Availability of computed tomography for the management of head injuries in England and Wales.Br Med J (Clin Res Ed) 1982; 285 doi: https://doi.org/10.1136/bmj.285.6340.487 (Published 14 August 1982) Cite this as: Br Med J (Clin Res Ed) 1982;285:487
- I A Baker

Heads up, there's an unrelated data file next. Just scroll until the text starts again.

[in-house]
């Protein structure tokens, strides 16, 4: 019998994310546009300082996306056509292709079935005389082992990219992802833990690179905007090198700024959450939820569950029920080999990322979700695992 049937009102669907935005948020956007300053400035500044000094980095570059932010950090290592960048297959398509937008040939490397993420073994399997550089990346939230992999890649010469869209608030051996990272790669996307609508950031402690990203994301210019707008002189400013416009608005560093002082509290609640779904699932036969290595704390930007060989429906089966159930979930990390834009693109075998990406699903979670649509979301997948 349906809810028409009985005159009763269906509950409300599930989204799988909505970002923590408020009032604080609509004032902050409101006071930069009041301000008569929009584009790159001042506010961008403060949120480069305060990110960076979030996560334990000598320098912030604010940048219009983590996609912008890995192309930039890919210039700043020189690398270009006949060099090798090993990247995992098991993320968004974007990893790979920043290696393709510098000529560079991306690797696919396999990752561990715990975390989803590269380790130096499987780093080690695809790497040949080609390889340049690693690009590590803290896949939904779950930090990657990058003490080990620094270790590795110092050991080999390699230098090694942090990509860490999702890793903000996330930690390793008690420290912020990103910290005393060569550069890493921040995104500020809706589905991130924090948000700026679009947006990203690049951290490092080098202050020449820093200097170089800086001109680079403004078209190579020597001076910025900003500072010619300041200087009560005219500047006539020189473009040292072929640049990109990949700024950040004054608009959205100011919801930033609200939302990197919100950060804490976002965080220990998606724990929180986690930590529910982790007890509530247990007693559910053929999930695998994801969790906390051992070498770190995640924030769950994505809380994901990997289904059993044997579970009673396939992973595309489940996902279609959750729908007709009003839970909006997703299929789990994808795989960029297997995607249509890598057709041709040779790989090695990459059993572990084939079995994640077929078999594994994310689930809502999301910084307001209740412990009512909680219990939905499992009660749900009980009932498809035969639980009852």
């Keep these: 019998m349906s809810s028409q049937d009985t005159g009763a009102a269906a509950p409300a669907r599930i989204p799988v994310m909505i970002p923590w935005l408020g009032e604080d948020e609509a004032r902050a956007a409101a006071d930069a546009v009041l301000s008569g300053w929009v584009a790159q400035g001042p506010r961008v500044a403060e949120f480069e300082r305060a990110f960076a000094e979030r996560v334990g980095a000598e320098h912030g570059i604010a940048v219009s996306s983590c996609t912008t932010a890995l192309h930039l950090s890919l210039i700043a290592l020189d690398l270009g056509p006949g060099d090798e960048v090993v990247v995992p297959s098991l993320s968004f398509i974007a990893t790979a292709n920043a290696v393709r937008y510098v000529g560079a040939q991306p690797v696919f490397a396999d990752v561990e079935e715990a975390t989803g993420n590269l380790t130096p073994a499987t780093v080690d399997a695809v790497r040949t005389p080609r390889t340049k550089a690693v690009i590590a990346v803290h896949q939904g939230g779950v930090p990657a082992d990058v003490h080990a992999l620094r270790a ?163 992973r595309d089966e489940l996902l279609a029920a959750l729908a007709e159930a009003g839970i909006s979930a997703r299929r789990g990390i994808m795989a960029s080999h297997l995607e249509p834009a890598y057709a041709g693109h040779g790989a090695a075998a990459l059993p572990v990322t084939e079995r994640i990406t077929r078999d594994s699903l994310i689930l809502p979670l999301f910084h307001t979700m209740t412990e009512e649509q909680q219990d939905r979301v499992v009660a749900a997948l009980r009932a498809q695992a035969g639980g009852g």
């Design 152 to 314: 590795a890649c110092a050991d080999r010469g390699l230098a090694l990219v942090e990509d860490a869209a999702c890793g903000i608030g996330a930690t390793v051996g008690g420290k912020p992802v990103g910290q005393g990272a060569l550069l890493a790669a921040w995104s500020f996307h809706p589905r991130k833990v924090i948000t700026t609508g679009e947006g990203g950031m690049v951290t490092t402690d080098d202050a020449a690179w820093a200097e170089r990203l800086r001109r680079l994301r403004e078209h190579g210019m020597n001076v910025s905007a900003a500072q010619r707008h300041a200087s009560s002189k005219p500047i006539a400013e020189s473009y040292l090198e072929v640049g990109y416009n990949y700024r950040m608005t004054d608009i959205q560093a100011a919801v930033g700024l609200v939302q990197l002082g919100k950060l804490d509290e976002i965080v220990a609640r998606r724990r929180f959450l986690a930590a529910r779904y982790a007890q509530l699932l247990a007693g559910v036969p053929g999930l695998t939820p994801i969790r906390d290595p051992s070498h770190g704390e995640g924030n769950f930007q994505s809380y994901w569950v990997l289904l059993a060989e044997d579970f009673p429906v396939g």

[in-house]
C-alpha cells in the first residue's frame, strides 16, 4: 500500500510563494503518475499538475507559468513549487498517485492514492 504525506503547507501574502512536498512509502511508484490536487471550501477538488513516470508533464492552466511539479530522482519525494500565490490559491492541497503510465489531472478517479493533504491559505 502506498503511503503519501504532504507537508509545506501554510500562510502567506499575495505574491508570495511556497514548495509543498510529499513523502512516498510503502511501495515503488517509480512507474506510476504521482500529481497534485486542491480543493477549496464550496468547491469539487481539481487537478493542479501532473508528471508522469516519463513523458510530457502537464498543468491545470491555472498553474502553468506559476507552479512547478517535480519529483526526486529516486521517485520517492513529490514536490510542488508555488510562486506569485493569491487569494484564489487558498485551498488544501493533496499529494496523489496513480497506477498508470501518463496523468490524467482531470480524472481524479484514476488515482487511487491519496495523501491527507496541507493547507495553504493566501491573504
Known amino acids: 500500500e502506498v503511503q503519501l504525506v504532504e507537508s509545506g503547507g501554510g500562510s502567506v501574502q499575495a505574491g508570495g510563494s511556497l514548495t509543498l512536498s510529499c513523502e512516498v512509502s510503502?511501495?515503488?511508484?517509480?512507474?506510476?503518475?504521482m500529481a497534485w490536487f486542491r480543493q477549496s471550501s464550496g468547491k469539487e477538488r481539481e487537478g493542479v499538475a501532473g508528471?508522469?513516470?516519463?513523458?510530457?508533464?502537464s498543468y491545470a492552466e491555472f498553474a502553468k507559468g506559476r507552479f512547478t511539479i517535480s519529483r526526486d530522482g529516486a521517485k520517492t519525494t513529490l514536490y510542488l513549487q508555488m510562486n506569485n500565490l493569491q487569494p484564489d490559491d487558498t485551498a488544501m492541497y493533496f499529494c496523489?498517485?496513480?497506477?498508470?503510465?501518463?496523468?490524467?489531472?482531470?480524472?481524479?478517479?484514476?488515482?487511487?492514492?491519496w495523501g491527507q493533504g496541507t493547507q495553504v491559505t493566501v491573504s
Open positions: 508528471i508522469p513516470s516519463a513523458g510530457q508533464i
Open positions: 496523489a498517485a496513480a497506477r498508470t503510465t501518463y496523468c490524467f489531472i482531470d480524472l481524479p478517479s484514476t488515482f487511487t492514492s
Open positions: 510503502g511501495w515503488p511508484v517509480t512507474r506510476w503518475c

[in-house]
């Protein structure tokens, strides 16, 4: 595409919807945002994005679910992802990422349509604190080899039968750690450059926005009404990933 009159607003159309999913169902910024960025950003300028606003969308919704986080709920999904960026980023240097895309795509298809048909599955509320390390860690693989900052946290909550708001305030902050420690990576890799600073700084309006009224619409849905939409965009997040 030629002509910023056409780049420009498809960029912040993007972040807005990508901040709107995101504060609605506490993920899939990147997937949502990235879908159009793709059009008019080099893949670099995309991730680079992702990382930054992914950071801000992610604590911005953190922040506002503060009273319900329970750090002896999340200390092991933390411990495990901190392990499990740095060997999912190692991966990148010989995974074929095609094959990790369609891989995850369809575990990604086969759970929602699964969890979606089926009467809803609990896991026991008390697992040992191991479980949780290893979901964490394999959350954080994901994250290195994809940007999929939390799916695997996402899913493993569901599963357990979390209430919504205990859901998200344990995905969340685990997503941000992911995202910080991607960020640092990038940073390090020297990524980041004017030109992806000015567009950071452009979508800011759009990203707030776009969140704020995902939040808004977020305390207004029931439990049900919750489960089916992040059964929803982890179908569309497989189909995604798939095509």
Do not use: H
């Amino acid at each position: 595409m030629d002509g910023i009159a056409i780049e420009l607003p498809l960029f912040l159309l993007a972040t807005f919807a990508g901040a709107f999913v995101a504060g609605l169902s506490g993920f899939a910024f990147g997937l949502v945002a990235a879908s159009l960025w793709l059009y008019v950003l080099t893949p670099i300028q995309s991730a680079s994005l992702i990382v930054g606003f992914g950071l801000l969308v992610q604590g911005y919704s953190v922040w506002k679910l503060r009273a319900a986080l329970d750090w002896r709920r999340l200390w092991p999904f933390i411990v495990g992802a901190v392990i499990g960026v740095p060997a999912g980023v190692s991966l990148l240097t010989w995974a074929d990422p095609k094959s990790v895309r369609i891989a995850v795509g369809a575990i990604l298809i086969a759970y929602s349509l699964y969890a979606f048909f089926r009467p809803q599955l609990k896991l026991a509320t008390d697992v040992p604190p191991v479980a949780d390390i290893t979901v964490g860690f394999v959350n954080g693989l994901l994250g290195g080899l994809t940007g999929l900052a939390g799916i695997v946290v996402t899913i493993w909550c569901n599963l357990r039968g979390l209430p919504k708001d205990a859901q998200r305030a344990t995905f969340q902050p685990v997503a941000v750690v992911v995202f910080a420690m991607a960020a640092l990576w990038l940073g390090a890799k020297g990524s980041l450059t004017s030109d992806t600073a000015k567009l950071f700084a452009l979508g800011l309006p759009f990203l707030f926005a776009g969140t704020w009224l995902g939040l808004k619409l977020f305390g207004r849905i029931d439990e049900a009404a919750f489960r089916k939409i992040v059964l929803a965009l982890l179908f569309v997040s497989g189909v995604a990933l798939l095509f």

Senior neuroradiologists or radiologists of 42 hospitals with computed tomography available for NHS patients in England and Wales were contacted by postal questionnaire about the use of this facility in the management of patients with acute head injuries. Replies were obtained from 39 hospitals. Requests for computed tomography from general surgeons or physicians and staff of accident and emergency departments received positive responses for scanning with only half to three-quarters the frequency of responses to requests from neurosurgeons. Continuous computed tomography facilities were available generally to neurosurgeons. The combined effect of partial responses to requests and the availability of the computed tomography service meant that only 44% of hospitals gave a continuous service for general surgeons or physicians. The percentage of hospitals giving a continuous service to accident and emergency departments was 54%. It appeared that computed tomography scanning was being used most often as a diagnostic/management instrument after clinical selection among patients with head injuries rather than as an instrument to be used in primary assessment.